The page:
A New Narrative: Artists Exploring Blackness
Three Columbia College Chicago alumni discuss how they explore contemporary black life through their visual art.
There is no one true definition of blackness in America today. As the country continues to diversify and change at a rapid pace, so too does our understanding of what it means to be black. Artists in particular continue to challenge our perceptions and understandings of blackness by creating work that speaks to their own lived experiences. They are telling new narratives of blackness, ones that center the minds, bodies, and environments of black people typically ignored. Here, three Columbia College Chicago alumni—Ervin A. Johnson ’12, Krista Franklin MFA ’13, and Tonika Johnson ’03—discuss how they explore contemporary black life through their visual art. – Britt Julious
Ervin A. Johnson
“I CAN’T SPEAK FOR ALL ARTISTS, but I know for myself personally, I use my work to figure out how I want to exist and how I see myself,” says Ervin A. Johnson ’12.
The multidisciplinary artist—best known for his deconstructed photo collages and colorful, abstract expressionist, mixed-media paintings—creates work that tries to disrupt and change the perceptions of black men and women. Specifically, Johnson is interested in depicting the femininity and humanity in the black body, two things that historically have been denied or ignored.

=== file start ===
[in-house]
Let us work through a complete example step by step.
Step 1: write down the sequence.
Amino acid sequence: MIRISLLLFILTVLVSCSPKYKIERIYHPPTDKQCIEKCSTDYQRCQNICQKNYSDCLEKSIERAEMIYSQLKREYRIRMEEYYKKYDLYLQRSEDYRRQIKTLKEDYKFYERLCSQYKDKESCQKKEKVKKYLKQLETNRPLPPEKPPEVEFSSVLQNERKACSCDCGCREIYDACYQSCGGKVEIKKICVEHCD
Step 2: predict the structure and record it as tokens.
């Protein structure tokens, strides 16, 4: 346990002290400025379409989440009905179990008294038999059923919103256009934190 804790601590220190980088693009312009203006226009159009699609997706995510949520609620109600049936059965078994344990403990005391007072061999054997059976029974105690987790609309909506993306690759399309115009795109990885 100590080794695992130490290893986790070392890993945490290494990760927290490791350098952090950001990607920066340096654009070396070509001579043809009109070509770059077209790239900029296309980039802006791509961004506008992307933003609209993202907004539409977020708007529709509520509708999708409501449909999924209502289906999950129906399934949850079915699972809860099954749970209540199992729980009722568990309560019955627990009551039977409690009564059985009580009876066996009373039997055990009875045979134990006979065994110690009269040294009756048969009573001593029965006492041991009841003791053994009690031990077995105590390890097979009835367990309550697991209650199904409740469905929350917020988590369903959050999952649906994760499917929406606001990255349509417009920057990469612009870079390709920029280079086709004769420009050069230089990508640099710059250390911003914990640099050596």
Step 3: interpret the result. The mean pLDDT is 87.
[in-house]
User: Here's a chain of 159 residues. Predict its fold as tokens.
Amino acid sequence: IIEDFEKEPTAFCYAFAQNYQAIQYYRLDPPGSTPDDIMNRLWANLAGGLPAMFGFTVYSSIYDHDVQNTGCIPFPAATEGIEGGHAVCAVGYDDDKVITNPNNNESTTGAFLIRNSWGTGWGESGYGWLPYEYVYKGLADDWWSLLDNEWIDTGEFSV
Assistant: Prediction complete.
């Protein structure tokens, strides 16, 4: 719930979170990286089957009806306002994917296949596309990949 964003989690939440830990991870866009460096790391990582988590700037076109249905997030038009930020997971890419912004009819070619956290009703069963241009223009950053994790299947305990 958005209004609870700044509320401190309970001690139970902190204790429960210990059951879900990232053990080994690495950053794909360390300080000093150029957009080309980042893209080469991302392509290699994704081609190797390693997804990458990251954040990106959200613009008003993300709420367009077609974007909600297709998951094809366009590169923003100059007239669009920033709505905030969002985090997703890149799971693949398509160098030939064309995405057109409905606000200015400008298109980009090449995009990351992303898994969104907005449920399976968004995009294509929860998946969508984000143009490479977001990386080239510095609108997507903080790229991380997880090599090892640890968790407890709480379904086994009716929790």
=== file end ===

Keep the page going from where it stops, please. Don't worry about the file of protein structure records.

“I want to normalize how I see myself and how my friends present themselves to me,” Johnson says. “And then on a larger scale, how they present themselves to other people.”
Johnson cites his time at Columbia as a catalyst in the development of his artistic practice. At Columbia, Johnson learned the logistics of photography and experimented with painting. In 2016, Johnson also received the Diane Dammeyer Fellowship in Photographic Arts and Social Justice through Columbia and anti-poverty organization Heartland Alliance—which included a $25,000 stipend to create socially conscious work.
An art history class introduced him to the philosopher Walter Benjamin and his concepts of art in the age of mass reproduction. “The notion of reproduction is important just because I’m trying to alter the perception of black men and women,” says Johnson.
As a photographer, Johnson creates mass reproductions of images of black people. Later, he cuts, paints over, strips, and reconfigures those photographs to create entirely new works. Johnson pulls back on the reconstruction, he says, when the original humanity in the image is no longer there. Johnson is renegotiating how people understand and interpret black bodies and their existence in this world. His work—large and evocative—tells a new narrative of blackness.
“I DECIDED TO GO BACK to school because I wanted to have more tools in my toolbox,” says Krista Franklin MFA ’13.
Prior to entering Columbia, Franklin worked almost exclusively as a writer and poet. She began making mixed-media collages to work through writer’s block. Although she never obtained a formal art education as an undergraduate (Franklin got her degree in Pan-African Studies), she took to the collage medium. Franklin often centers photographic images of black women or celebrated cultural figures like Run DMC in her work while playing with material as varied as magazine cutouts and craft ribbon. Soon, her collages found popularity among her peers.